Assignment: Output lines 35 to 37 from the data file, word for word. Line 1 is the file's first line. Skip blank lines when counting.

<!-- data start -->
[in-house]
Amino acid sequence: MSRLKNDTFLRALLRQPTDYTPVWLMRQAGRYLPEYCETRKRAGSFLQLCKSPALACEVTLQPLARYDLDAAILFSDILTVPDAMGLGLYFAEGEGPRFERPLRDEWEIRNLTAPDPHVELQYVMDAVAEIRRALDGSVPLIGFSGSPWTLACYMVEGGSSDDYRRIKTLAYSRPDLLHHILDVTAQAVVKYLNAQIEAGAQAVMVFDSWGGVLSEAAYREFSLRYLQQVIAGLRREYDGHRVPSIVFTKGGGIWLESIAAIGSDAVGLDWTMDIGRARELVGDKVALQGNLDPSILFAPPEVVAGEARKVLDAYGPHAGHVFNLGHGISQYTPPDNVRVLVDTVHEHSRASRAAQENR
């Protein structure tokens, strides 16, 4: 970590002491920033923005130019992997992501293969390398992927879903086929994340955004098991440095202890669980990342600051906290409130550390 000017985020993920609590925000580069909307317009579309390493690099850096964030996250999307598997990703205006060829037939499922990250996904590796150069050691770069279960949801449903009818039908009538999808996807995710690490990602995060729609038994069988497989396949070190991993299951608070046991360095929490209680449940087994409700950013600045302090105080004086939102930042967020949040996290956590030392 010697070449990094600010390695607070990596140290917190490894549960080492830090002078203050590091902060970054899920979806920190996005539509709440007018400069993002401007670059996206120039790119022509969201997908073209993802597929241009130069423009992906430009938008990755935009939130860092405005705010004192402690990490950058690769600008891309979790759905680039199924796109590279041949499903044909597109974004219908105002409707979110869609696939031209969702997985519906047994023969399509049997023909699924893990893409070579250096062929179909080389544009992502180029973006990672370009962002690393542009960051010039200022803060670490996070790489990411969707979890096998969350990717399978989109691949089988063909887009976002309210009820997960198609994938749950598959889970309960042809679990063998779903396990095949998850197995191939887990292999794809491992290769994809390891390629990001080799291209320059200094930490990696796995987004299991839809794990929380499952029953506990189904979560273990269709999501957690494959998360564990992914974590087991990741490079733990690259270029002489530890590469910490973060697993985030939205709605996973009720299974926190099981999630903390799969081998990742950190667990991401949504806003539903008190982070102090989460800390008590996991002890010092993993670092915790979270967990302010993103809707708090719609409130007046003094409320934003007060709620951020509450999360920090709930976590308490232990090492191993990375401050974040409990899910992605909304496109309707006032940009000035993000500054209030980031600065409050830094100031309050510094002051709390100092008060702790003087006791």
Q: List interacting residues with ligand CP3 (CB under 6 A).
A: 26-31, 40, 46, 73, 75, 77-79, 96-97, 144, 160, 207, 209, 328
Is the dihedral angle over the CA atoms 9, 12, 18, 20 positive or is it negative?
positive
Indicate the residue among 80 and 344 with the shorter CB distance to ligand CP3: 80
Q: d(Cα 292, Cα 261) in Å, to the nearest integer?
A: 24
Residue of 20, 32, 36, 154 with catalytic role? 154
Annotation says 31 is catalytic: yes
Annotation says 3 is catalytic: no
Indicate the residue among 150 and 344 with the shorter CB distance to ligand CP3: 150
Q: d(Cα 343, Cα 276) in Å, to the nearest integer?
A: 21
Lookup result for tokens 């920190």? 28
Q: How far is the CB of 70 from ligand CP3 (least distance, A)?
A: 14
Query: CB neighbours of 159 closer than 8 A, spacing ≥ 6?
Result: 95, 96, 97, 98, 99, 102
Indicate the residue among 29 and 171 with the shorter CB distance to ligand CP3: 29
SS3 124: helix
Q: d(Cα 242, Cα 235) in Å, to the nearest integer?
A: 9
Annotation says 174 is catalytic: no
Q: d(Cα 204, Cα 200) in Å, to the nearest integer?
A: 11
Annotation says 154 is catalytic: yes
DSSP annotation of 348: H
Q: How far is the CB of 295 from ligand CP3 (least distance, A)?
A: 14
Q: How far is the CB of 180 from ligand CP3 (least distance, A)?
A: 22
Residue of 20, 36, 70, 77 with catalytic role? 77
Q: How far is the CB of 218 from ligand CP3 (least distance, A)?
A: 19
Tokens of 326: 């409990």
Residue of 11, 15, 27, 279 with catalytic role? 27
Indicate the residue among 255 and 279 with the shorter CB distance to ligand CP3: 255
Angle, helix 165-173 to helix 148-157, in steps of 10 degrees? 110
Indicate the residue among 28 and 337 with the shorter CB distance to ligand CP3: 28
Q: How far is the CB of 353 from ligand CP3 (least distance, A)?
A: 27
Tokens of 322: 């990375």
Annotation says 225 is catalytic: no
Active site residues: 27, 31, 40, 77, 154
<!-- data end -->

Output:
Residue of 20, 36, 70, 77 with catalytic role? 77
Q: How far is the CB of 218 from ligand CP3 (least distance, A)?
A: 19